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The Children's Bookshelf: Once Upon a Book - March 12, 2023

Once Upon a Book written by Grace Lin and Kate Messner and illustrated with colorful pictures alive with details by Caldecott Honor Book winner Grace Lin is a picture book treasure.

When the reader first meets young Alice, she is bored, cold and extremely tired of the gray weather. She wants a warmer place. The birds quickly say that sounds just like their home. “Turn the page and come in….” And she does. The illustration shows the reader a forest full of blue birds, blue jays, parrots, flamingoes, woodpeckers, and pelicans.

As it gets hotter and rains Alice says she would like to be in a place that was not so steamy. A camel decides that sounds like his home and says “Turn the page and come in.” And she does. Here the reader will experience an extraordinary illustration of Alice on the back of a beautiful camel riding across the desert reading her book!

A sandstorm, however, causes her skin to feel dry. This time she needs a place where it isn’t so dry. A fish thinks his watery home would be perfect. “Turn the page and come in….”

This is the cumulative design of the whole book as Alice tries again and again to find the perfect place to be. Eventually she feels she needs a place where she wouldn’t be lonely and where it would be cozy and warm. So, she goes back to her home. “… where the kitchen smelled of dumplings and her family was waiting with dinner.”

Once Upon a Book written by Grace Lin and Kate Messner and illustrated gorgeously by Grace Lin is a charming story with a beautiful lesson for children 4-8 years of age about honoring their own home (Little Brown and Company) 2023.

The Children’s Bookshelf is a production of WCMU. Links to the podcast and the Activity Questions can be found at Children’s Bookshelf dot org.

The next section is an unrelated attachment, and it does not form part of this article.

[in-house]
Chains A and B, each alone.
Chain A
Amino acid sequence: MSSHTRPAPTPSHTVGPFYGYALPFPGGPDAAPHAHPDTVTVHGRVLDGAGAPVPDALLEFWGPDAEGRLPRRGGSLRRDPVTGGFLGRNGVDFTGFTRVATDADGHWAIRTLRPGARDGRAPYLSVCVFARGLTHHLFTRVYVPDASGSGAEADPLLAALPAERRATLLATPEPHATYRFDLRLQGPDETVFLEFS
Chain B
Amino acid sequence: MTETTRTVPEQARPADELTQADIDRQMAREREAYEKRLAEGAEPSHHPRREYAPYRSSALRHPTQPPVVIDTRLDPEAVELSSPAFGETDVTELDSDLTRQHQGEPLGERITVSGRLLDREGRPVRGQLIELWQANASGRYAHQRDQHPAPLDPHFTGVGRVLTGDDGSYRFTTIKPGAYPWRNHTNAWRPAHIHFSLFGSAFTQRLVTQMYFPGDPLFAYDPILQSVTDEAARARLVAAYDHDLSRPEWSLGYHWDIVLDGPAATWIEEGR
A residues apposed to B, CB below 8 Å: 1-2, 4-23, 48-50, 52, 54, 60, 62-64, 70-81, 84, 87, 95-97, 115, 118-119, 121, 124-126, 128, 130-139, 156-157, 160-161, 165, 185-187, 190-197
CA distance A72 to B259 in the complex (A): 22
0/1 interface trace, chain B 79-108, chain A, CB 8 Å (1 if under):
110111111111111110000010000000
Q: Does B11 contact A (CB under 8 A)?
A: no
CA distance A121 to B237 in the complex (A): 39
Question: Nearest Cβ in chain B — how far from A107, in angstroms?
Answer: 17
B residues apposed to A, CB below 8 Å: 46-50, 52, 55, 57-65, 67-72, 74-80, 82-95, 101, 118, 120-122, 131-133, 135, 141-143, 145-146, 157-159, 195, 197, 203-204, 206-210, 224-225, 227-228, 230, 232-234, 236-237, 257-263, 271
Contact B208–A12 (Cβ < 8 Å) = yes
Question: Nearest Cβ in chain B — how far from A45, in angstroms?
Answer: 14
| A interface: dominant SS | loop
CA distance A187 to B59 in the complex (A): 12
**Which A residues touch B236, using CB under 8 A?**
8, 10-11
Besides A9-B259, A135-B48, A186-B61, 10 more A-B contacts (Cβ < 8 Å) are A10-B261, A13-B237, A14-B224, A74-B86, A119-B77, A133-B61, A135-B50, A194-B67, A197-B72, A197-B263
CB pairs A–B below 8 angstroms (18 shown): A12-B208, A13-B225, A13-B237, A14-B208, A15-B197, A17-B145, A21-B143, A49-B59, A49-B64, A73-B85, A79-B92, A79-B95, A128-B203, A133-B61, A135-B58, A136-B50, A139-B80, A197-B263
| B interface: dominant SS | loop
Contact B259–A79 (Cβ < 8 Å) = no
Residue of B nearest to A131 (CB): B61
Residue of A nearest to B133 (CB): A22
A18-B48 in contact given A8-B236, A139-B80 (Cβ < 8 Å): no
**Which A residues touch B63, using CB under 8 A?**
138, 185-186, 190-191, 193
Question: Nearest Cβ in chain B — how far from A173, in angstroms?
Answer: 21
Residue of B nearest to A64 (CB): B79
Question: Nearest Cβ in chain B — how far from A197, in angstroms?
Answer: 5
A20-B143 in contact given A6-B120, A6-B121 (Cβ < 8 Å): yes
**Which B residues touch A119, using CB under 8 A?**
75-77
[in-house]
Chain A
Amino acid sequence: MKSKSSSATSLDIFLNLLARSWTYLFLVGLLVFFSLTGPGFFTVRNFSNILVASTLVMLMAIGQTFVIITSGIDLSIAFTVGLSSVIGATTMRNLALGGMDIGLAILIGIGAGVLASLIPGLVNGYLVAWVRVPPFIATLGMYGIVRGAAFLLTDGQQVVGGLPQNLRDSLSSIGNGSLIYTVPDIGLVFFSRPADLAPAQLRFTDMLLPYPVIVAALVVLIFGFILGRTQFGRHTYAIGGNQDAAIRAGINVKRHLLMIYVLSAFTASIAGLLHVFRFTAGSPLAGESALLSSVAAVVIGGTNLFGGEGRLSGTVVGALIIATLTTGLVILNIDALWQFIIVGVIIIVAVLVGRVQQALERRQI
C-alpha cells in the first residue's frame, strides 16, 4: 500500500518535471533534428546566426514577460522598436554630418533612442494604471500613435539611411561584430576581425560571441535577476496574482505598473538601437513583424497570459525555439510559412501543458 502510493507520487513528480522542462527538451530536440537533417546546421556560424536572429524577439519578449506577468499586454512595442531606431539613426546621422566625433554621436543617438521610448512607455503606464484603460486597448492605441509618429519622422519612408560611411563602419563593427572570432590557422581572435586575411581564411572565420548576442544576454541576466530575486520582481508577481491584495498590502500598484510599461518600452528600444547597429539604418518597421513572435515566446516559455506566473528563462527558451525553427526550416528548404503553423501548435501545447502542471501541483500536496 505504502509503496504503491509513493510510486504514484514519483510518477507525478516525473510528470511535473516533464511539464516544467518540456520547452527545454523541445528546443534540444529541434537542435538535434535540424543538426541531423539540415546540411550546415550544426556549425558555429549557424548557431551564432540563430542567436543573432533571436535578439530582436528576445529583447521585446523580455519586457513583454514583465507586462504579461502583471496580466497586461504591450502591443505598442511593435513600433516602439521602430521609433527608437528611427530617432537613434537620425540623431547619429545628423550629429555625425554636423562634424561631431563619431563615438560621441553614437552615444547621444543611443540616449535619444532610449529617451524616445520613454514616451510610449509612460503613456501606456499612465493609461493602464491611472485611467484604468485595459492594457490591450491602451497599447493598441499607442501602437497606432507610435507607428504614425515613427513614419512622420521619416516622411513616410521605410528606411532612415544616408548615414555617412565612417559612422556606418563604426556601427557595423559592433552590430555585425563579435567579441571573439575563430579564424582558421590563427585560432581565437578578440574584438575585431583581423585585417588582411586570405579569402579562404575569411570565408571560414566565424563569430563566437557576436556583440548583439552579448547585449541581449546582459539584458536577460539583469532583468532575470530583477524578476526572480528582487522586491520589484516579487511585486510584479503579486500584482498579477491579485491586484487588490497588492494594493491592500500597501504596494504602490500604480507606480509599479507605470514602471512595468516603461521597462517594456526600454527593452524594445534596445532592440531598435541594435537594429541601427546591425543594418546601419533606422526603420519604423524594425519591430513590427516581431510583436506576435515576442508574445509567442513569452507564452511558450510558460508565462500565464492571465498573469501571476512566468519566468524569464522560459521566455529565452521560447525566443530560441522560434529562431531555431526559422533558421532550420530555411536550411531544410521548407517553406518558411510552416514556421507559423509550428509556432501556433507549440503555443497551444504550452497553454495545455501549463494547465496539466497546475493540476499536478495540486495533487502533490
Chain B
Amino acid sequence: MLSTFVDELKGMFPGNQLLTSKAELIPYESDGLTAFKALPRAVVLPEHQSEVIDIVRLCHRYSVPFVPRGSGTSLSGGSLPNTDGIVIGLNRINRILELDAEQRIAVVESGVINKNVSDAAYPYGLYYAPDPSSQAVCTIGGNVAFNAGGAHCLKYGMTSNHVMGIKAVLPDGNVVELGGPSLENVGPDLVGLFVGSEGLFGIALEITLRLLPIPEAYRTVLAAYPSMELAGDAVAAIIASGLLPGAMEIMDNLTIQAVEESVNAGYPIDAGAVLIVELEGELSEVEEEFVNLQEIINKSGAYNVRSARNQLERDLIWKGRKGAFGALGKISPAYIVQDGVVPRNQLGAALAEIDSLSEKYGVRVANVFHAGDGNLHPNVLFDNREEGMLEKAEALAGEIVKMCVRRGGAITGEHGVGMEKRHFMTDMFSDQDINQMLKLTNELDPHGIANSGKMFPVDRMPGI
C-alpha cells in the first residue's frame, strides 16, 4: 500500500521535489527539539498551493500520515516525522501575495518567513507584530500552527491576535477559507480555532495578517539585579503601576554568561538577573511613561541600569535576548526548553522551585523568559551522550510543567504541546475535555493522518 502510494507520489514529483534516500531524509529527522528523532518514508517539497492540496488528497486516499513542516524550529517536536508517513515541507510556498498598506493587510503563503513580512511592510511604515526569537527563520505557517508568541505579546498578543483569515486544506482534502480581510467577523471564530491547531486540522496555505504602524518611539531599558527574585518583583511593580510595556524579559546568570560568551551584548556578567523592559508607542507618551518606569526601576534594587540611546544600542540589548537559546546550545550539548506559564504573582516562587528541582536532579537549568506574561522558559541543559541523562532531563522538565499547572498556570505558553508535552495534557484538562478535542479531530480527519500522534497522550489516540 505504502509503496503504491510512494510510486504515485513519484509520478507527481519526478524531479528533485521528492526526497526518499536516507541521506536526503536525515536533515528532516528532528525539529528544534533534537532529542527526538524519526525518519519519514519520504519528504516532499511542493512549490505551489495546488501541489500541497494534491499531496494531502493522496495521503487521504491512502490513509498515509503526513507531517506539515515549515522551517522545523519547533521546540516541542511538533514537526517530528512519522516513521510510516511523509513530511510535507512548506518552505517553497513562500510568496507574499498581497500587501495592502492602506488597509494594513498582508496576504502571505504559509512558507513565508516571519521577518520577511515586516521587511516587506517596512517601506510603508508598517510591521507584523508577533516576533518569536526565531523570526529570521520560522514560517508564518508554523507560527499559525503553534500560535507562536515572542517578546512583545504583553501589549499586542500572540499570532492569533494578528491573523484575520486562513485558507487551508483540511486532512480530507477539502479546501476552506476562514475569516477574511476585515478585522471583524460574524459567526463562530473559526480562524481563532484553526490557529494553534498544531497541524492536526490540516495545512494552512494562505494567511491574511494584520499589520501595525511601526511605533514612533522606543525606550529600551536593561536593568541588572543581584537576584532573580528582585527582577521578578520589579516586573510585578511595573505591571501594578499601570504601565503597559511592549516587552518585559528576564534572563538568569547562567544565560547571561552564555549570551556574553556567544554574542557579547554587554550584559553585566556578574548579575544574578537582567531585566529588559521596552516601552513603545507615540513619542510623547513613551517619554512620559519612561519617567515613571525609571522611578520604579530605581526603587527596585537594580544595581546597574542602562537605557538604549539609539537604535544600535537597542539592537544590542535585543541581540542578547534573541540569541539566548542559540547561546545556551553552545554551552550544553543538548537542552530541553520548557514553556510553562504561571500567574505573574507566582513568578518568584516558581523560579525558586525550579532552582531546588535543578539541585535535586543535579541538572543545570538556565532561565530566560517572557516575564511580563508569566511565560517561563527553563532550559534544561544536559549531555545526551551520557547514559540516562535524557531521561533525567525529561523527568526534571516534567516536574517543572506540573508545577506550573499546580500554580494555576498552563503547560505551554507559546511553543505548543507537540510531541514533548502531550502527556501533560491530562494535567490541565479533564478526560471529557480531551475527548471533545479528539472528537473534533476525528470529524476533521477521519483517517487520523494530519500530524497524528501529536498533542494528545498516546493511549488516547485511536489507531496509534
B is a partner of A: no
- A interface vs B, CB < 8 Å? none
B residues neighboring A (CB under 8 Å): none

Activity Questions for Once Upon a Book

The illustration of Alice returning to her home is full of things that she saw on her adventures to other lands. Study that illustration and find the following items: a small statue of a camel, busy fish, birds, and clouds. There is also a book on the bookshelf that is titled Alice in Wonderland. Think about what that storybook has to do with Once Upon a Book. How does the white rabbit in Alice in Wonderland differ from the white bunny in this book? Ask older siblings and parents to help if you have not read Alice in Wonderland yet.

There are at least twenty pictures of the bunny in Grace Lin’s illustrations. Try to find at least 15 of them. Go On a Bunny Hunt.

Have fun!

At the end of this book, you can see Alice eating dinner with her family. Draw a picture of you and your family around your dinner table. Be sure to include the dishes, the glasses, the tablecloth and what you are all eating.

Sue Ann Martin is professor emerita of Communication and Dramatic Arts and the founding and past Dean of the College of Communication and Fine Arts at Central Michigan University, Mt. Pleasant, Michigan. She first became interested in children’s literature when she wrote her PhD thesis on the oral characteristics of the Caldecott Award-winning children’s books. Her PhD is in Speech and Interpretation with a cognate in Early Childhood Education. She went on to review children’s books for the Detroit Free Press, write three popular resource books for teachers regarding children’s books and the creative process. She also reviewed newly-published books for Arts Almanac specials on WCMU Public Radio. Her 2002 children’s books special for WCMU won a Merit Award in Special Interest Programming from the Michigan Association of Broadcasters.